‘Where do we go from here?’ asked Tegan in a hushed voice.

The Doctor fumbled in the pockets of his rain-sodden coat, and produced a pen-torch. They seemed to be in a perimeter corridor, with no immediate entrance to the inner chambers evident.

‘This way,’ he said, and they moved off cautiously.

The first door they came to was firmly locked, and they were about to move on when an ominous clanking sound reached their ears. With an apparent lack of regard for caution, the Doctor moved back the way they'd come, and then hurried back to join Tegan.

‘Some sort of servicer robot,’ he replied, ‘coming this way.’

‘What do we do?’ demanded Tegan fearfully.

‘Keep back here.’ The door was located in a small alcove, and by pressing themselves against it, they were effectively invisible in the gloomy light.

They watched as the robot came into view, and hoped that its path would not take it through the door they were backed up against. The robot was bulky and humanoid, with several arms fitted with a variety of functional devices. The head was no more than a cube fitted with a single camera eye, and a couple of conical antennae, like horns, protruding from the top.

Thankfully, the robot continued down the main corridor, ignoring them totally. ‘Did you see that?’ asked the Doctor. ‘If I'm not mistaken, those were telepathic receptor antennae!’

‘So?’ asked Tegan, not seeing the relevance of such an observation.

The Doctor ignored her disinterest. ‘It means that the robot is effectively the extension of a living mind. Instead of a programme, it operates based on mental projection. Fascinating!’

‘Great,’ said Tegan dryly. ‘Now what about this door. If you still had that sonic screwdriver of yours...’

‘Next best thing,’ promised the Doctor, and produced a lump of circuitry from his pocket taken from the cannibalised TARDIS. He shook a few drops of rainwater off it, and began wiring it into the door mechanism.

Tegan watched anxiously as he fiddled with the tiny wires, half-expecting the robot to descend on them at any moment. Finally, the door slid open with a loud hiss, and they hurried inside.

The Doctor swung his torch around in the small room, and then closed the door, and inspected a panel beside it. ‘Close your eyes,’ he instructed, 'and then open them slowly.’

Tegan obeyed, and the Doctor activated the lights. Had she not done so the bright glare after the gloom she had become accustomed to would have blinded her. As it was, she had to blink several times before she could properly take in the compact control room. It was narrow, with a long bank of computer boards lining one of the long walls. Above these was a large scanner screen, much like that aboard the TARDIS. Instantly, the Doctor began hunting along the bank of keyboards, switches, levers and lights.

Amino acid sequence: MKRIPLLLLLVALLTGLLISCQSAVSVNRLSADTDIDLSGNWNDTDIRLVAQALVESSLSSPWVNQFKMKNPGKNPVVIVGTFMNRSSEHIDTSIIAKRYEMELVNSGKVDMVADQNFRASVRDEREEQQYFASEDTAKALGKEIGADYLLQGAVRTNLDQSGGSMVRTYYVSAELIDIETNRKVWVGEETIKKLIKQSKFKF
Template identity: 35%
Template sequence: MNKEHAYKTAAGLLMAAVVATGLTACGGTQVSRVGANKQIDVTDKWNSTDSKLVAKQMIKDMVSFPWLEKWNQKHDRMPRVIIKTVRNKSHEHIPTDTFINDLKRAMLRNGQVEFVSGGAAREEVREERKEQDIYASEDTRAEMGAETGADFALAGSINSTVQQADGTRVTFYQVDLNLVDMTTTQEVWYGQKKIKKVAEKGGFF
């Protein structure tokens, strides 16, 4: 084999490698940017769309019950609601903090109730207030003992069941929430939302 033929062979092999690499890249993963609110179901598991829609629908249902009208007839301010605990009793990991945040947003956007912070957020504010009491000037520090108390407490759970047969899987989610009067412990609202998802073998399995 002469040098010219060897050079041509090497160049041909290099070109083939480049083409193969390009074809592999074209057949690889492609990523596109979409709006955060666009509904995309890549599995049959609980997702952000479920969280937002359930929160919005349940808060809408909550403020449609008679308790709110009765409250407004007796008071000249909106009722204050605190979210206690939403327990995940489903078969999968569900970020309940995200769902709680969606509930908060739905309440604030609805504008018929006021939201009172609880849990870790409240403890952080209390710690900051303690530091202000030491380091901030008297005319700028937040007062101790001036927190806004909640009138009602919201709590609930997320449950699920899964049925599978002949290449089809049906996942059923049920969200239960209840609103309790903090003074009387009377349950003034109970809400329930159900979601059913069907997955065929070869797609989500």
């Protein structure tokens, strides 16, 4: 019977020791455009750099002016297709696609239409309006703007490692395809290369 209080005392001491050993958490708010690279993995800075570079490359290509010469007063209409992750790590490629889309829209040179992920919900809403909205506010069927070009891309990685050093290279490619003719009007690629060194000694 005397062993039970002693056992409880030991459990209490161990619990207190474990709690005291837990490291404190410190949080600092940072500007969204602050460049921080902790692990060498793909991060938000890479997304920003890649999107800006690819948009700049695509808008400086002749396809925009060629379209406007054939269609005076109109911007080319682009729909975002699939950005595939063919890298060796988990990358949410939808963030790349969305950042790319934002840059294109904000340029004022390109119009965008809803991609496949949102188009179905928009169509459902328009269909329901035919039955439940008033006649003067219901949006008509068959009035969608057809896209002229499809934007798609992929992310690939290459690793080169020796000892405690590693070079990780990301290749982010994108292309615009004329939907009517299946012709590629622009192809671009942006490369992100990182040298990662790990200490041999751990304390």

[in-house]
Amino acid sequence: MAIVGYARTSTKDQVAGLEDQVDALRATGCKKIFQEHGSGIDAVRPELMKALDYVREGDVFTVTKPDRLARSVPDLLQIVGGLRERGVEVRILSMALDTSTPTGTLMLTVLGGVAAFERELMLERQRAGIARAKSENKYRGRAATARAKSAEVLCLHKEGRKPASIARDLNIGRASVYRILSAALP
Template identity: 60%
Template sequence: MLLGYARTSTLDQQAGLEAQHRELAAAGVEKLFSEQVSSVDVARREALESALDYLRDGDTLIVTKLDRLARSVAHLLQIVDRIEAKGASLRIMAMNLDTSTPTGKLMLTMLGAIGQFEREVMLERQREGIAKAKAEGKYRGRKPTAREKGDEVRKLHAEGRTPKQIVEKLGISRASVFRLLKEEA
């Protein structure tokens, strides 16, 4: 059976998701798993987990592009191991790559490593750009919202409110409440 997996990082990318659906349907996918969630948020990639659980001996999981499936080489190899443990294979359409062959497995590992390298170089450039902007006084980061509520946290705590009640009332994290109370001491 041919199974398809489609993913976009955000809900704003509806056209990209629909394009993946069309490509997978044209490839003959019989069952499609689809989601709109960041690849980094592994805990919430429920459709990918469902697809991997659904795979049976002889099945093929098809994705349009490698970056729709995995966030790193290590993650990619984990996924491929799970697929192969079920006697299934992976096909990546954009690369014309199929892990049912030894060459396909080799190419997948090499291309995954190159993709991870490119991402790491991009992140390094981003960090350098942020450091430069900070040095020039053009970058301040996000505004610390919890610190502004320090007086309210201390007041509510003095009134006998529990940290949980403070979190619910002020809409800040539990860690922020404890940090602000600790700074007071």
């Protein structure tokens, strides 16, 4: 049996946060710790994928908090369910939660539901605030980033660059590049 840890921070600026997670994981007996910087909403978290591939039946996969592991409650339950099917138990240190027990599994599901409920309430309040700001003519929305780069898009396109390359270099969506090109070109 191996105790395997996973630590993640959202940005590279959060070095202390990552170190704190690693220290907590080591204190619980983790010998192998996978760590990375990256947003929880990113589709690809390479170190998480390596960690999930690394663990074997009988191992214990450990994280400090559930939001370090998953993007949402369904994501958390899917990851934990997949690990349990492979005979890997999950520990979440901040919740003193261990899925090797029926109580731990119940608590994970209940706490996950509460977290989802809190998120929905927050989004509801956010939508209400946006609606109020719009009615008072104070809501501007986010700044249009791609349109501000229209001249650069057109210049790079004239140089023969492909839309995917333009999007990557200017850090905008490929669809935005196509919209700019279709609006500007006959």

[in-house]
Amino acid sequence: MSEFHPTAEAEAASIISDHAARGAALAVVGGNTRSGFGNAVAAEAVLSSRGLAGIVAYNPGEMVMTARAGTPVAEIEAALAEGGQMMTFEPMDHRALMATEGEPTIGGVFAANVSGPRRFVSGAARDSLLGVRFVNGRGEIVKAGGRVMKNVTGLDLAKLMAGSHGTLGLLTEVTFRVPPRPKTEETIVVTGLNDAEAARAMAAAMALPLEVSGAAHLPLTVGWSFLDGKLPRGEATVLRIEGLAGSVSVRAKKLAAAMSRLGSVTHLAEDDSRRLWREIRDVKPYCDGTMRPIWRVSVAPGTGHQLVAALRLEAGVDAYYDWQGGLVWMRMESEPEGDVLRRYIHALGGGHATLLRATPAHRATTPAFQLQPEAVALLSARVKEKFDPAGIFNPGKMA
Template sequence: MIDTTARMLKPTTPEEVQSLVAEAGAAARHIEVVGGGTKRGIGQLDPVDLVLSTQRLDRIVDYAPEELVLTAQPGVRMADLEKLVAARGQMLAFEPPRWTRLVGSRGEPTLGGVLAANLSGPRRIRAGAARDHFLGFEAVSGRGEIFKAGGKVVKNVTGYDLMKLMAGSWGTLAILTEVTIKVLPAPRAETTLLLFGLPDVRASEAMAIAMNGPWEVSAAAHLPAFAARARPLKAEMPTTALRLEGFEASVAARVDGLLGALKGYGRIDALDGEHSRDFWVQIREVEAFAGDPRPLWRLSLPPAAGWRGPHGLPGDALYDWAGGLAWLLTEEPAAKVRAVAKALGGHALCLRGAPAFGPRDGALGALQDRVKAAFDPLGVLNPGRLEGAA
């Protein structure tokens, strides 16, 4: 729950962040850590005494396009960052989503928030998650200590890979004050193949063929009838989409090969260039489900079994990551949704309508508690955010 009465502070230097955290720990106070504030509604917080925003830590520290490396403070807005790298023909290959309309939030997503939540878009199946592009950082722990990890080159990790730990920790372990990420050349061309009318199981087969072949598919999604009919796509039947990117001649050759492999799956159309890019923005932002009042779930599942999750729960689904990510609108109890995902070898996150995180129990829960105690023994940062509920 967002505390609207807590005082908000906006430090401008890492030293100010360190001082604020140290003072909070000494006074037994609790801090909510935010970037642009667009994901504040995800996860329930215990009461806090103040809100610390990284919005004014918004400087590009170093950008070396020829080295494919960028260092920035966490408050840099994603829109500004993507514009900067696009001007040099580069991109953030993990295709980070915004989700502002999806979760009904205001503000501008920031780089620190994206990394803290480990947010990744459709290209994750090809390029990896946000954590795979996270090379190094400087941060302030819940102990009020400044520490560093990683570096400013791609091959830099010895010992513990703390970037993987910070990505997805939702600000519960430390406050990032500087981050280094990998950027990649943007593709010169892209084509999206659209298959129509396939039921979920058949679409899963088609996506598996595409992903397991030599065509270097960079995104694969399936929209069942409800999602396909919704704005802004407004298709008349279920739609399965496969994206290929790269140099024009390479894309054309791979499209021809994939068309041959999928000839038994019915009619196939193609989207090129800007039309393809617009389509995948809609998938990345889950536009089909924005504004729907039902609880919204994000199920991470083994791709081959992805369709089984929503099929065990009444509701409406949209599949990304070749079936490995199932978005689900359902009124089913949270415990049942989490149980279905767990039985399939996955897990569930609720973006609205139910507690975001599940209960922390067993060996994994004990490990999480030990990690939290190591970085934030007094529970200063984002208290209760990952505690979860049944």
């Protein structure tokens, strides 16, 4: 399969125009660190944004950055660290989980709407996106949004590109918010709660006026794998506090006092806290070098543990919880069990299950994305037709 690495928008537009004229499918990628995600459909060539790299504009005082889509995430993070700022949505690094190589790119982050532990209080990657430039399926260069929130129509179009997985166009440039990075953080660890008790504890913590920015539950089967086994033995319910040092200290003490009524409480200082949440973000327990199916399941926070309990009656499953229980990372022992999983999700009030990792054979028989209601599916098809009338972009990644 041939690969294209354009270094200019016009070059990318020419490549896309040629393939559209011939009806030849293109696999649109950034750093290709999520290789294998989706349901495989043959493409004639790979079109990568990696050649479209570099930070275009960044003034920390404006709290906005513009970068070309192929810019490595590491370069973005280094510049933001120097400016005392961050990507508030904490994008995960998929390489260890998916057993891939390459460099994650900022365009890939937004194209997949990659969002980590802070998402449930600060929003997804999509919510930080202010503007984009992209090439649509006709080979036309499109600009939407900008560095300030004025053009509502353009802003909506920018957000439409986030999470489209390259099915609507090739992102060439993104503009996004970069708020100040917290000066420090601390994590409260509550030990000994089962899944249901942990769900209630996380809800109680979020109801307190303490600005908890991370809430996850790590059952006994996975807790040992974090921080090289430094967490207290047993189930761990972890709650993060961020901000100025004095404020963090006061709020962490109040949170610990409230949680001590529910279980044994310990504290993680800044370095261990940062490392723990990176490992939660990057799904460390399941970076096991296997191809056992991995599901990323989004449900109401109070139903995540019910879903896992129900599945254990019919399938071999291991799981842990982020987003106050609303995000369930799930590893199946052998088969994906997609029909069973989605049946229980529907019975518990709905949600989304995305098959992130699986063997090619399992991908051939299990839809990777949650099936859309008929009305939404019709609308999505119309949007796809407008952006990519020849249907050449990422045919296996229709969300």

‘Aha!’ he exclaimed triumphantly, and activated a control. Tegan jumped as the screen flickered on, and they saw the corridor outside. The Doctor dropped into a padded chair, and expertly adjusted a few slide controls, bringing the picture into sharp focus. Then he grasped a joystick lever, and under his guidance, the viewer screen flashed up a slow procession of images of gloomy areas of the dome interior.

‘You seem to know what things do, pretty well,’ observed Tegan, referring to his confident manipulation of the controls.

The Doctor nodded without looking up. ‘If I'm not mistaken, this is something I read about at the Academy. It certainly looks like an old Gallifreyan research station outpost.’

‘How old?’

‘As far as I can remember, they were abandoned or dismantled about the time I was born. This one would have had a time stasis lock put on it for it to be in this condition now.’

‘But it's not abandoned any more is it?’

‘It's most certainly not,’ he replied triumphantly. The cause of this was an image he'd been able to call up on the screen. It showed a large circular chamber, brightly lit, and filled with an assortment of complex equipment, some of which the Doctor recognised from the dismantled TARDIS outside the dome. Ministering to the jumble of circuitry were two thin figures in tatty robes. They moved slowly and laboriously about their tasks.

‘Well that accounts for the rest of the TARDIS crew,’ pointed out the Doctor.

‘But what exactly are they doing? What's that in the centre?’ asked Tegan.

The Doctor shrugged, and zoomed the camera in a little closer. ‘It appears to be an environment tank of some kind,’ he explained, studying what appeared to be a large metallic globe.


‘A sort of life support,’ he continued. ‘Filled with a certain liquid depending on the requirements of the occupant, it can keep something alive that wouldn't survive long in our environment.’

‘Such as?’

‘Well, such as an alien life-form. Even you humans keep fish in bowls; same idea. They're more commonly used for people who have been very badly wounded, and the nutrient pumped into the tank is then designed to regenerate the tissue.’

‘And does it work?’

The Doctor shrugged. ‘Not very often. It usually only leads to a prolonged and painful existence without ever being able to leave the tank.’

Tegan pulled a face. ‘How horrible.’